That’s from circa 2007. Did you notice the helicopter blades, police sirens, and “knock-knock-knock” at the end of the commercial? That’s the universally-recognized knocking of the license inspector. It’s meant to send chills down your spine. There was a whole series of commercials and print ads with this theme. What’s worse is that they assume, without evidence, that any property not registered with a license must be an evader. One fed up Brit decided to stop paying his tax (legally, he also stopped watching broadcast TV), and has documented the 5 years worth of threatening letters he has received ever since. I’ve received some of these letters myself. In fact, the very first piece of mail I received to my U.K. university address was from TV Licensing. It read:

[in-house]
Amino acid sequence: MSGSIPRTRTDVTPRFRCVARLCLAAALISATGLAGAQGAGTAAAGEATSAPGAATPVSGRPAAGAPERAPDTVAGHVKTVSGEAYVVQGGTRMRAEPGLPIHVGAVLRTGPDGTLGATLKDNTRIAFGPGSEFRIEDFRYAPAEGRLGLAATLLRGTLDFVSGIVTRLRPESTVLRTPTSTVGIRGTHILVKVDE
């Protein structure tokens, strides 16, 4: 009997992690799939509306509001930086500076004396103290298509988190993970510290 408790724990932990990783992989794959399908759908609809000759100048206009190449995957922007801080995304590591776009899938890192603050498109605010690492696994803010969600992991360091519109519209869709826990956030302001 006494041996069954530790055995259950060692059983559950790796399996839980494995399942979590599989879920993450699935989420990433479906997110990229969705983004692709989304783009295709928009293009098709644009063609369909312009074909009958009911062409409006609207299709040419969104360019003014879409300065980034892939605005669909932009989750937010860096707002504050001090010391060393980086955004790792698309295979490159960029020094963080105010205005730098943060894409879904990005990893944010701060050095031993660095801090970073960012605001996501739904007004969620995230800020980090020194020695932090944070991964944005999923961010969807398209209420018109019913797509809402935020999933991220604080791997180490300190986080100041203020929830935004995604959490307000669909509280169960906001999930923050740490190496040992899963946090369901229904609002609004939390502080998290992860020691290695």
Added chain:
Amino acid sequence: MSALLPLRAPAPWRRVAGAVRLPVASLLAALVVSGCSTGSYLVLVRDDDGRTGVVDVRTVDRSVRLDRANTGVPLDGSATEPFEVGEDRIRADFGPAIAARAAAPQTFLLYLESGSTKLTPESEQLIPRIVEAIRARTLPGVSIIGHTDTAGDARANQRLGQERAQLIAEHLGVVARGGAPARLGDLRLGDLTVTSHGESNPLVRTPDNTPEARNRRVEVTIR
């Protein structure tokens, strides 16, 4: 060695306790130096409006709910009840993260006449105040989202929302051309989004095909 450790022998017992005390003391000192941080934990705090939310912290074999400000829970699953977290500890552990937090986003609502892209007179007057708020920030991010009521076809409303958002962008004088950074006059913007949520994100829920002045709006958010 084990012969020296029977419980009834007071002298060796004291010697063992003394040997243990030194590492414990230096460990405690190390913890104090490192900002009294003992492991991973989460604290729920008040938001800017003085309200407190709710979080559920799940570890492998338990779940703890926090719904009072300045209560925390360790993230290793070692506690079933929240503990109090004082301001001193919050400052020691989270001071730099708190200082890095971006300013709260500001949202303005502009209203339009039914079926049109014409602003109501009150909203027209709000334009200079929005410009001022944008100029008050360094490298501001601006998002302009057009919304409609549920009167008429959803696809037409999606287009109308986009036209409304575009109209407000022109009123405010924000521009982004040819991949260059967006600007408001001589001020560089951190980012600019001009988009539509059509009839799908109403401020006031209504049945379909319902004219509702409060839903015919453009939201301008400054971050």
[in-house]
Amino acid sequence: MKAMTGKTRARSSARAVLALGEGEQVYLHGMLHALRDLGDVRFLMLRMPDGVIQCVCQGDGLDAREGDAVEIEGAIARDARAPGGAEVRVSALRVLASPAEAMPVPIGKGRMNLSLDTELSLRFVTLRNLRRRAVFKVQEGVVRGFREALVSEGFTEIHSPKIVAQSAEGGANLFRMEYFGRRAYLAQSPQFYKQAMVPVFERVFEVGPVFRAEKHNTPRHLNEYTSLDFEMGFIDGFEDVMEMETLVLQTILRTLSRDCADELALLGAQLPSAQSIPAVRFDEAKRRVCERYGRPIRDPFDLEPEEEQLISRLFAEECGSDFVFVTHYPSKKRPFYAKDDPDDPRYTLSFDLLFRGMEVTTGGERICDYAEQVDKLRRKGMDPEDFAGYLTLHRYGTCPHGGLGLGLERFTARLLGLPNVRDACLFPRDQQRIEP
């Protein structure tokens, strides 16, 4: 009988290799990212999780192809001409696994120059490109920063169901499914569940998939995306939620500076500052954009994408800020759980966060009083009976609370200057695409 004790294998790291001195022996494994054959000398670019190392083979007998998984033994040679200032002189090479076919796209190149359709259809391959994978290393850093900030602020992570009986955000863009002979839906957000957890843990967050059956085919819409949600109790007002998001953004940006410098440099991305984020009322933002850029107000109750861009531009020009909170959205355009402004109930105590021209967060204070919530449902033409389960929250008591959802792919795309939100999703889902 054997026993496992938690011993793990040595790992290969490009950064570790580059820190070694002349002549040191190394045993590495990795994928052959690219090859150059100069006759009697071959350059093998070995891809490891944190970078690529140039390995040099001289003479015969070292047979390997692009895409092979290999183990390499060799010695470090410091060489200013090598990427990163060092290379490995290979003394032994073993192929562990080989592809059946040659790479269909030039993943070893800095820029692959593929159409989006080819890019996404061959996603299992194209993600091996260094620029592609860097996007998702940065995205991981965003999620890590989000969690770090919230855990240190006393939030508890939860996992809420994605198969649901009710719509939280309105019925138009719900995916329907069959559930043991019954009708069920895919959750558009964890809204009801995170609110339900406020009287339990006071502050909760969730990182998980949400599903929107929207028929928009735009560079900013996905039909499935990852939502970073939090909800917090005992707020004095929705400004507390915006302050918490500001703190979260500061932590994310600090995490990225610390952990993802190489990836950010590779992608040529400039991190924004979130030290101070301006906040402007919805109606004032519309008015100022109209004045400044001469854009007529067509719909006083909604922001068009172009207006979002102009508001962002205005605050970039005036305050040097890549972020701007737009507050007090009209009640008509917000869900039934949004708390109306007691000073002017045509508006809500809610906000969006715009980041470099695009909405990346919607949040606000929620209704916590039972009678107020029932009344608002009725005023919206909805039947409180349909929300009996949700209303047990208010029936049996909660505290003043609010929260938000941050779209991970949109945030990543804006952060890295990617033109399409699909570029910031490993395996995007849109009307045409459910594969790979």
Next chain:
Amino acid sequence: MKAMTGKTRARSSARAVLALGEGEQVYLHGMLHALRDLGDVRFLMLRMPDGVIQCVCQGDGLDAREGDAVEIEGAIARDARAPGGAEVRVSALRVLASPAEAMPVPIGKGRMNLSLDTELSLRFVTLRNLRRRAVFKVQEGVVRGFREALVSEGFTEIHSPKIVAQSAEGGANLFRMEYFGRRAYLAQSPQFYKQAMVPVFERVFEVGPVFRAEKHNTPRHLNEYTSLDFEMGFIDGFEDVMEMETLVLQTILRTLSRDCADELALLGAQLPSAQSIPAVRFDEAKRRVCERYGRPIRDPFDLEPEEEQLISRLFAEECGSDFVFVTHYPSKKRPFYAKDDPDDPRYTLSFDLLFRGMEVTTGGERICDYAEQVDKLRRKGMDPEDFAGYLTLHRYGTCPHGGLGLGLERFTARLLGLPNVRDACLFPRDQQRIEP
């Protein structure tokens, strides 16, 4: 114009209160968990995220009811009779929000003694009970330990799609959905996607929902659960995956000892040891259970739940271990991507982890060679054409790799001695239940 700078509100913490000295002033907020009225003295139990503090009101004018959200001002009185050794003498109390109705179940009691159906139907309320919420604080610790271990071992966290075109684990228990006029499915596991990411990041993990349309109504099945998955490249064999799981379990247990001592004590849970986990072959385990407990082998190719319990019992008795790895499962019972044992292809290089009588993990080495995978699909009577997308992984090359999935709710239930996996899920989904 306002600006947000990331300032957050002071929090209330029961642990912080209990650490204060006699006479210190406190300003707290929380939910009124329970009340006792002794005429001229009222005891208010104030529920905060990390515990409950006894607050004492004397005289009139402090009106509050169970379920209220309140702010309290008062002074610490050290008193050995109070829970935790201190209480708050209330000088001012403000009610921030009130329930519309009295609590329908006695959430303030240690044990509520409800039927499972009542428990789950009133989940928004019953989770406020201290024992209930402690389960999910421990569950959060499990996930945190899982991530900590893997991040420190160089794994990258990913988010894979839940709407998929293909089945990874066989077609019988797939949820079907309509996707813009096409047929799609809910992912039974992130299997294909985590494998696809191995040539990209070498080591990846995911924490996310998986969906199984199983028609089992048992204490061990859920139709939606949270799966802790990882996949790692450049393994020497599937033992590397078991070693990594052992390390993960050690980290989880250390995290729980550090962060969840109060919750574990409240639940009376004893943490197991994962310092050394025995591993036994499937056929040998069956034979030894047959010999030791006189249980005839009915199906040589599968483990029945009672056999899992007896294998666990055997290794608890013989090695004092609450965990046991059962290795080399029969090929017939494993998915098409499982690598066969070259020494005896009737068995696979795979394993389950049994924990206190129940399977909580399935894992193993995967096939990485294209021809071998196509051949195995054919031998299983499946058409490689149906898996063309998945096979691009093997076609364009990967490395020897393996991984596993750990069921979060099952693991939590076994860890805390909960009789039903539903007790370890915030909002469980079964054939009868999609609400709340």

WARNING: This property is unlicensed. We’re writing to inform you that we have authorized Enforcement Officers to visit your home. If they find evidence that you are watching TV illegally, they can take your statement under caution in accordance with the relevant criminal law. … The maximum penalty is a fine of £1,000. We take this offense extremely seriously, and catch around 1,000 evaders every day. … We strongly advise that you act to stop our investigation by buying a TV License.

It’s all smoke and mirrors. These “Enforcement Officers” are private contractors with no legal rights to search your property. Those who hold out (and many do, based on principle or a desire to save some ££), rarely actually go to court. The TV Licensing Agency relies on fear to maintain compliance. In the 1960s they started driving around in “TV detector vans.” These vehicles had big rotating ariels on them and, purportedly, could identify television (even channel) usage within properties. I can’t resist this next video, an ad from the ’70s: